Cigarette smoking slows recovery after an MS relapse, study finds

Higher EDSS scores seen up to two months later with tobacco use

Patricia Inacio, PhD avatar

by Patricia Inacio, PhD |

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An illustration of smoking cigarettes.

Cigarette smoking significantly slows recovery time from a relapse for people with relapsing-remitting multiple sclerosis (RRMS), according to a pilot study in Iran.

Similar links with relapse recovery were not seen for tobacco use with water pipes or exposure through second-hand smoke, also known as passive smoking.

Findings add to prior evidence linking cigarette smoking with significantly faster disability progression and poorer outcomes.

The study, “The effects of different types of smoking on recovery from attack in hospitalized Multiple Sclerosis patients,” was published in the journal Clinical Neurology and Neurosurgery.

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Study into tobacco use via cigarettes, water pipes, or passive exposure

Mounting evidence supports an increased risk of disease progression in MS patients who smoke, as well as a likelihood of greater brain atrophy (shrinkage). But most studies evaluated cigarette smokers, and less evidence exists for tobacco use in other the forms, like water pipes, or for tobacco exposure through passive smoking.

How smoking affects patients’ recovery after an MS attack also is largely unknown.

A team of researchers at medical universities in Tehran retrospectively analyzed data covering 142 adults with RRMS followed from December 2020 to December 2021 at a local hospital.

These patients, 59.8%  women, had a mean age of 36.5, and they were at least able to walk 200 meters without an aid. At the time of the analysis, all were admitted to the hospital due to a disease relapse, defined as the appearance of new symptoms or the worsening of previous ones for 24 or more hours that cannot be explained by other factors.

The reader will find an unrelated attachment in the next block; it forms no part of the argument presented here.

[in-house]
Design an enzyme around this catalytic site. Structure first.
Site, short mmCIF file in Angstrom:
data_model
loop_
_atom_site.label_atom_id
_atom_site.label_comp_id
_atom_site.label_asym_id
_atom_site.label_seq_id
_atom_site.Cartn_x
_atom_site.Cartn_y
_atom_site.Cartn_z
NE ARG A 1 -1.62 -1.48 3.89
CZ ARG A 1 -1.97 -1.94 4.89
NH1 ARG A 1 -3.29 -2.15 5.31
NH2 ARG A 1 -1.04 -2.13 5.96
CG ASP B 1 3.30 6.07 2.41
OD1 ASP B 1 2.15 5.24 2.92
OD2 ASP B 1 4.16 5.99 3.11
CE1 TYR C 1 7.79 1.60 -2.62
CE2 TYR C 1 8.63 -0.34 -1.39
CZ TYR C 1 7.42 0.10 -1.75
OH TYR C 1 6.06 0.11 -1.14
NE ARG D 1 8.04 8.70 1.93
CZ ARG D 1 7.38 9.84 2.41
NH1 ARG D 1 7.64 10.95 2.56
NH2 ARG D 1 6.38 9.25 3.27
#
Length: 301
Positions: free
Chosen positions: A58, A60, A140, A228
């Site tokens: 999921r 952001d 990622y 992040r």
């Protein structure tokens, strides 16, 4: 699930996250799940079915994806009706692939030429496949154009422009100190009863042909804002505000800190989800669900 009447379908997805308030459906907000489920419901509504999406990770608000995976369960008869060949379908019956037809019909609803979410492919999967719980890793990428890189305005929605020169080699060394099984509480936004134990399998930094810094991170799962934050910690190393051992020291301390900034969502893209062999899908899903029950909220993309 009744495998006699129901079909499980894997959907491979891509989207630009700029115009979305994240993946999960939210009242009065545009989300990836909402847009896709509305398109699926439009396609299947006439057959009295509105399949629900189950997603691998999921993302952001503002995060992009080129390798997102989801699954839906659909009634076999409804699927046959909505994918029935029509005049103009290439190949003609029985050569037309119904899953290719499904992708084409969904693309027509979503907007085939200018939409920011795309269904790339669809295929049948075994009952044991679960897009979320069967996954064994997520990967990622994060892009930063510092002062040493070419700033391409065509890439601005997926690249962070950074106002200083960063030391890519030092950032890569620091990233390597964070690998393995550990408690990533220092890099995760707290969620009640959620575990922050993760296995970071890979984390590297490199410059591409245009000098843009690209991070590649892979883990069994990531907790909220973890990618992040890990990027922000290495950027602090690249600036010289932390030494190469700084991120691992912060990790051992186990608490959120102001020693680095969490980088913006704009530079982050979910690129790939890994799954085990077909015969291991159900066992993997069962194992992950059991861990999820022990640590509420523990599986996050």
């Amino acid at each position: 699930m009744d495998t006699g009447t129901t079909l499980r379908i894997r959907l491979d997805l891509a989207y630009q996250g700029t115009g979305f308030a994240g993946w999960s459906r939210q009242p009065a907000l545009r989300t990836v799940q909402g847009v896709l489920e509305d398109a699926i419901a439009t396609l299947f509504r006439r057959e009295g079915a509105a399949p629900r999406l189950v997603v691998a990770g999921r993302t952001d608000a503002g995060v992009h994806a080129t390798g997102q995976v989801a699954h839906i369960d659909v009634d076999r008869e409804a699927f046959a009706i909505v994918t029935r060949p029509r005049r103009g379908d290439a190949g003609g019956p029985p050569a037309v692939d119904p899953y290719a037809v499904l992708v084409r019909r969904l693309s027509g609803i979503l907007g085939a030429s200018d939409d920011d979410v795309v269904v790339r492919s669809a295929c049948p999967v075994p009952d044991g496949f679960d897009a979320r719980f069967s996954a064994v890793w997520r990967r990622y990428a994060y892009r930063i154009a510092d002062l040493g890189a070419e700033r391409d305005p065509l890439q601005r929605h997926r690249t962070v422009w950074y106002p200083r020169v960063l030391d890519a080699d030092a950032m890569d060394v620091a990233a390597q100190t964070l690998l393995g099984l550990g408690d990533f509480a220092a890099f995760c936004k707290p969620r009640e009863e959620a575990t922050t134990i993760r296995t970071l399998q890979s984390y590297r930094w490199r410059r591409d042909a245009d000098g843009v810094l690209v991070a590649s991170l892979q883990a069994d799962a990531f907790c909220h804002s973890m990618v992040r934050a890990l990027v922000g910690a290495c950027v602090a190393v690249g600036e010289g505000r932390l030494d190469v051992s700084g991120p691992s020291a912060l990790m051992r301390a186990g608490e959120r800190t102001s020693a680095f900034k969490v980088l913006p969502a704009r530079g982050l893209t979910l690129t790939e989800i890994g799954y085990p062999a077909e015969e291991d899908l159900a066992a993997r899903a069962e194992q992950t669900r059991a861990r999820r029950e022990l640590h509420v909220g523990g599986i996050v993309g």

A majority of patients — 79 people or 55.6% — were smokers and 63 (44.4%) were nonsmokers. Smokers included 49 patients who smoked cigarettes, 19 who used water pipes, and 11 who were passive smokers.

No significant differences were seen between smokers and nonsmokers for potential confounding factors, such as age, sex, treatment type, and marital status. Methylprednisolone, a corticosteroid, was the most commonly prescribed therapy to help patients recover from a relapse.

Researchers compared disability scores, measured with the Expanded Disability Status Scale (EDSS), between these groups immediately after a relapse and two months later. EDSS scores range from 0 to 10, with higher scores indicating greater disability.

Overall, smokers had statistically significant higher EDSS scores than nonsmokers immediately after a relapse (mean score of 3.31 vs. 2.95) and at two months later (mean score 1.56 vs. 0.33). This means that people who smoked reached higher levels of disability during a relapse and had a poorer two-month recovery than nonsmokers.

Declines in EDSS scores, signaling improvement, from their relapse peak to two months later also were significantly more pronounced among nonsmokers than smokers — a mean reduction of 2.62 vs. 1.75 points.

Researchers then divided the smoking group in cigarette, water pipe, and passive smokers. EDSS scores among cigarette smokers were significantly higher than those of nonsmokers immediately and two months after a relapse. However, no statistically significant differences were seen with water pipe smokers or passive smokers compared with nonsmokers.

Smoking with multiple sclerosis tied to greater relapse, recovery phase disability

A positive correlation also was evident between post-relapse EDSS scores and the number of cigarettes smoked each day, meaning that heavier smokers experienced more disability during a relapse. However, this association was no longer significant when accounting for age, sex, and disease duration, meaning it could be due to chance.

A significant association also was detected between EDSS scores at two months post-relapse and the number of minutes given to water pipe smoking each month and minutes each year of passive exposure to tobacco smoke. These two remained significant after accounting for the confounding factors.

Study results “show that tobacco smoking especially cigarette smoking is associated with higher functional disabilities during a relapse and recovery phase of attack in patients with RRMS,” the scientists concluded.

While studies in larger and more diverse patient groups are needed, “it seems that abstinence from smoking to improve the functional recovery after MS attacks may be helpful for this population,” they added.